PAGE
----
“I was drinking in the surroundings: air so crisp you could snap it
with your fingers and greens in every lush shade imaginable
offset by autumnal flashes of red and yellow.”
– Wendy Delsol
“Autumn is the most beautiful time of the year
to the person who has no leaves to rake.”
I reach into the collection of laundry lint I keep next to the dryer. Then into the recycling bin for some sheets of newspaper. Upstairs for a lighter, and a firestarter. Time to head out. The air cools my skin as I head into sepia, my twilight-shaded yard. I pull off the cover of my fire pit, arrange my treasures, add some twigs. An autumnal equinox mandala. Flames are feeble at first. I sit, wait. I am patient. I know I’ll repeat this step a few times as the sticks ease into their self-fueled warmth.
“And in the evening, the piled firewood shifts a little, longing to be on its way.”
– Mary Oliver
My son and his friends wander outside to see what I’m doing. The flames succumb to cold, and he takes over. I smile, thinking how much I have invested in his years of fire-making skills at Wild Earth and Bowdoin Park. He eschews lighters and firestarters, blows out hiss-streamed air that resuscitates the waning bit of orange. His friends warn him about his long hair getting too close. He’s attentive but not worried, his hands and breath guide him. A robust flame rewards his efforts, but she’s fleeting and threatens extinction if not refueled swiftly. He knows, he’s ready with larger sticks now, then places a new log across the one I left in there from June.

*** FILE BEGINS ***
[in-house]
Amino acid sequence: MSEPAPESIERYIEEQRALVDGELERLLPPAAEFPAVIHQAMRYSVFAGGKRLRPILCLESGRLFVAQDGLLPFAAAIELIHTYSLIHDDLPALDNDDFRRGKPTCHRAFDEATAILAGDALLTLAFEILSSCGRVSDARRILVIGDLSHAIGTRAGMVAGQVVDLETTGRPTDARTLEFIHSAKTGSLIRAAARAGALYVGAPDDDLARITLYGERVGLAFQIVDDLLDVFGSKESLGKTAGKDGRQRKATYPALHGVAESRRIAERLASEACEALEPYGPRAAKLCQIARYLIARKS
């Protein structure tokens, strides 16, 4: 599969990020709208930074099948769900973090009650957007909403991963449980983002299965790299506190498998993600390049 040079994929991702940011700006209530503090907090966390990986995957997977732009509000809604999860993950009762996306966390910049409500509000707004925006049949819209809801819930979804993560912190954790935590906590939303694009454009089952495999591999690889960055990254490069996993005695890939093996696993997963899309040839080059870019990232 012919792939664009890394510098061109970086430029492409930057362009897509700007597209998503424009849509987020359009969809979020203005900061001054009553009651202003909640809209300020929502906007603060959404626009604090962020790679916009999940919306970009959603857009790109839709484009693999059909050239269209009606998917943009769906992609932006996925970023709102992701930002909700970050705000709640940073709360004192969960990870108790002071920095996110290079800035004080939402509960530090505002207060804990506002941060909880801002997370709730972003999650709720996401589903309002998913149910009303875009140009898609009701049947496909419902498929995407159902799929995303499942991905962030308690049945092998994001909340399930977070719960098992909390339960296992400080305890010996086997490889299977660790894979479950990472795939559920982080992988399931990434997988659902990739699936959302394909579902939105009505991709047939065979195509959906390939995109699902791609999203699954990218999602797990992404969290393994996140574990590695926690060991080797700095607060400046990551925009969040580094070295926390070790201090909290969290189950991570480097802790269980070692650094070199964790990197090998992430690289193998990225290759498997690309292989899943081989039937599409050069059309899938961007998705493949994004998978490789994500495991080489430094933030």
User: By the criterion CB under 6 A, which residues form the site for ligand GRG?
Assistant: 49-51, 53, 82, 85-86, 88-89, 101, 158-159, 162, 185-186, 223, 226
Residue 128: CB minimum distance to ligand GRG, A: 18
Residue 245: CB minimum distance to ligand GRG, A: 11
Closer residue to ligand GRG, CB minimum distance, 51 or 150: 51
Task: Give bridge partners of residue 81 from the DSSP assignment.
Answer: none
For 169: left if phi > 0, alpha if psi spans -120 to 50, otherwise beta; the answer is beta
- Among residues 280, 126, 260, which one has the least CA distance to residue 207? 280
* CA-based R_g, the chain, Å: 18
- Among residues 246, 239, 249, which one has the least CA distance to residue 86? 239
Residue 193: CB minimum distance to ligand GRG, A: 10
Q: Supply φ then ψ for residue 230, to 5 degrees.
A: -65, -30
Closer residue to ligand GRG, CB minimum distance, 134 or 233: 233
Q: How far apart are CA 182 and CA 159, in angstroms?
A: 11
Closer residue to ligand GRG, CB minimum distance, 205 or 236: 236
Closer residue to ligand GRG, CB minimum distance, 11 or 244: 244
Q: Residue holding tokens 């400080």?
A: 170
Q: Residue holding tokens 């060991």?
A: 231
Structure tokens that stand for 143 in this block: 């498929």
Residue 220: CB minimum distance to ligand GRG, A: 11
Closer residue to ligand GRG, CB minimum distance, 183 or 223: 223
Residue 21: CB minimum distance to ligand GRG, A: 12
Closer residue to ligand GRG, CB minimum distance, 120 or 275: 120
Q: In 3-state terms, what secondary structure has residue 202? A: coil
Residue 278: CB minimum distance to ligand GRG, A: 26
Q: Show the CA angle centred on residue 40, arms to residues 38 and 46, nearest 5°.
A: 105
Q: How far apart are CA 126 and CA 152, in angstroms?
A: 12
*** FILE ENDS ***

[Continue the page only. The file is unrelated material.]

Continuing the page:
A fallen leaf is nothing more than a summer’s wave good-bye.
Words, pauses, crackles, another hair warning. Full darkness, faces illuminated by shadowy flashes as the fiery glutton consumes his offerings looking for more. The heat begins to sustain itself, balance. Like the equinox I am honoring. The teens leave, I remain. I want to be reflective but I’m just grateful to have had a summer. I thought I’d be long gone in March. My daughter and her friend come outside, then my husband, and I invite each of them to add some material. They are quiet, intentional, as each places a stick.
Thoughtfulness settles in as nature’s confetti of ash and smoke dissipate silent wishes. They leave, I remain. Someday this will be the reverse, I think to myself. I leave, you remain. Am I this fallen twig, this reclaimed log, eventually to be consumed by…. Or perhaps “consume” isn’t right. Maybe I am ash, smoke, swirling, soaring into new realms, released by the wood.
Autumn shows us how beautiful it is to let things go.
Head On and Heart Strong!
Kids’ Almanac columnist Erica Chase-Salerno was diagnosed with Stage IV breast cancer in the Summer of 2015. To read more about her experience, visit https://hudsonvalleyone.com/tag/ericas-cancer-journey.